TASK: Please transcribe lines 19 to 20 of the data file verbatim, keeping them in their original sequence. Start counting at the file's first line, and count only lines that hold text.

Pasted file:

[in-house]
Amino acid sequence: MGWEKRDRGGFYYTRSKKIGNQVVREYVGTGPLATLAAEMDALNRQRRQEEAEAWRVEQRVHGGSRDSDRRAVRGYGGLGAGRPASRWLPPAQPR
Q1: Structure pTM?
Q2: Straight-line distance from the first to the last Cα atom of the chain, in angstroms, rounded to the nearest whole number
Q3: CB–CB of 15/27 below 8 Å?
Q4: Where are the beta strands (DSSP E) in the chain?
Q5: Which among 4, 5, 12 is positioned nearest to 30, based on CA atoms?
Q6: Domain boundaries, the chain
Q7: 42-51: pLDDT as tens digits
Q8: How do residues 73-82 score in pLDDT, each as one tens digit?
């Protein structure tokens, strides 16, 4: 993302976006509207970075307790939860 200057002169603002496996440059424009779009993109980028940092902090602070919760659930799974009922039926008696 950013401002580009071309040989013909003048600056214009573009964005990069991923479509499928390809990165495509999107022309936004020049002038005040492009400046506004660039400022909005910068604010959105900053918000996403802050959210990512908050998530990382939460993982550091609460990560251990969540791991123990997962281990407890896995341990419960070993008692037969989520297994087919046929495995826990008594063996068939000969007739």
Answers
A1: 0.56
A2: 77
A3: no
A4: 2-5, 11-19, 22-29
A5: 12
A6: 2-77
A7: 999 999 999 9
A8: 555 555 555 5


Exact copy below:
A7: 999 999 999 9
A8: 555 555 555 5